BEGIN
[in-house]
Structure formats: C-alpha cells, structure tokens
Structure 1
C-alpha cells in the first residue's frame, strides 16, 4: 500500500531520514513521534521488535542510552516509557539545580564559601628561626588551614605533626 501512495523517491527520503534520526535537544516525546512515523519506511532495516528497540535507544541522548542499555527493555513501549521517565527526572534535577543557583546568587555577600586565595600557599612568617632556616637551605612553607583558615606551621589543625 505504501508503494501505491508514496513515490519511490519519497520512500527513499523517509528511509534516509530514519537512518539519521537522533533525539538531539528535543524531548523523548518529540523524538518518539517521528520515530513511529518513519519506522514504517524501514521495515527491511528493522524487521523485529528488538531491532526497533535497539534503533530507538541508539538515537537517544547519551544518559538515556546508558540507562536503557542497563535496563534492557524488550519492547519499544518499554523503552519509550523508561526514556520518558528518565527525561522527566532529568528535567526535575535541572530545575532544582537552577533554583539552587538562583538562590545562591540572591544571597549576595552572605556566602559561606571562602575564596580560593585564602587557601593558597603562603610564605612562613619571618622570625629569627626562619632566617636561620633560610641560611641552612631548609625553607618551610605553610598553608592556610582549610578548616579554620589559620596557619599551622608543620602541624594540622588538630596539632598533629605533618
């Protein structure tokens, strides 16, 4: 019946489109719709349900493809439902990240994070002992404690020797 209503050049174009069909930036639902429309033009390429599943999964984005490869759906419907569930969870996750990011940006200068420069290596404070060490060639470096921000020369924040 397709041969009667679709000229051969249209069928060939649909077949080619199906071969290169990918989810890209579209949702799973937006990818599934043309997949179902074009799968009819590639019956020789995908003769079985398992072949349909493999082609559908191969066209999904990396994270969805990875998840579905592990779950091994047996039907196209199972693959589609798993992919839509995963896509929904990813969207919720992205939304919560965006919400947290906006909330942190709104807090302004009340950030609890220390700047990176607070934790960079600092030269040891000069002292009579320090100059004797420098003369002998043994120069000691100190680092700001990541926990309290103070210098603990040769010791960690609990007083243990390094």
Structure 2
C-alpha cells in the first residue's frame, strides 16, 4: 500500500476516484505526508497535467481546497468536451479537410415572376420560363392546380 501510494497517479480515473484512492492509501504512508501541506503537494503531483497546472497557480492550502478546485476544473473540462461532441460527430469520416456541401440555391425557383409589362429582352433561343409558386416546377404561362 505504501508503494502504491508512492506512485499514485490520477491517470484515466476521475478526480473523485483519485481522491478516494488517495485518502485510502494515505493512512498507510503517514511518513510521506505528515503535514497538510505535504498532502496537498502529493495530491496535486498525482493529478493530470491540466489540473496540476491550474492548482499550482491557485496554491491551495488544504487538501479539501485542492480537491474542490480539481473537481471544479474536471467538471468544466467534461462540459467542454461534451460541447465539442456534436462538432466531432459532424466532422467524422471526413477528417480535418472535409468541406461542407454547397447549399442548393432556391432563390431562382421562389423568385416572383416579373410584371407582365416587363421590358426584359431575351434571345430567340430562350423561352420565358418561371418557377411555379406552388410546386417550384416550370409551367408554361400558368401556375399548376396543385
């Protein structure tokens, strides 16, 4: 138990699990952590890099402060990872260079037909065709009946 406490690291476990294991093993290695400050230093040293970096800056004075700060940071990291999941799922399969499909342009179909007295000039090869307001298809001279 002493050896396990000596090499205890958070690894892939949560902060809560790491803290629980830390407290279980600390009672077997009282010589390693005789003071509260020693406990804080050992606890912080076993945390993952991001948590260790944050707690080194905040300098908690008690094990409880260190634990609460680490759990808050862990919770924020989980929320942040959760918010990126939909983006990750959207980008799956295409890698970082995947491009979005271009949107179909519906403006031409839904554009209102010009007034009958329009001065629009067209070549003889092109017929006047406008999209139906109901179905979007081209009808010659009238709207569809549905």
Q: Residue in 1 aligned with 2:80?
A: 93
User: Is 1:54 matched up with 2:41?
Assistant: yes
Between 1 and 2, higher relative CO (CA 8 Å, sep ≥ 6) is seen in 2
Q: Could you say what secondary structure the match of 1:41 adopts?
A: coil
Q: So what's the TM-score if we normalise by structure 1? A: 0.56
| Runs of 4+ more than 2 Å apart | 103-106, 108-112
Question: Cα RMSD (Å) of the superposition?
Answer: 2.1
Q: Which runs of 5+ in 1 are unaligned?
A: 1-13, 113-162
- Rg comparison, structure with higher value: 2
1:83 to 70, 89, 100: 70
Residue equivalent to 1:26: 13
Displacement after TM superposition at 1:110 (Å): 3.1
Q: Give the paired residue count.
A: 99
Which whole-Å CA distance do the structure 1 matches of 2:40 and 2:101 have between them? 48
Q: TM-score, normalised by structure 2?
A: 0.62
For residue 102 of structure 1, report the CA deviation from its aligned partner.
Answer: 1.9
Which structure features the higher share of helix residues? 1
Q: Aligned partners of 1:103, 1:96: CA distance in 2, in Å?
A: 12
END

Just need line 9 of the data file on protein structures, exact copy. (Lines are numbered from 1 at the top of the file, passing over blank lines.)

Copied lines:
Q: Residue in 1 aligned with 2:80?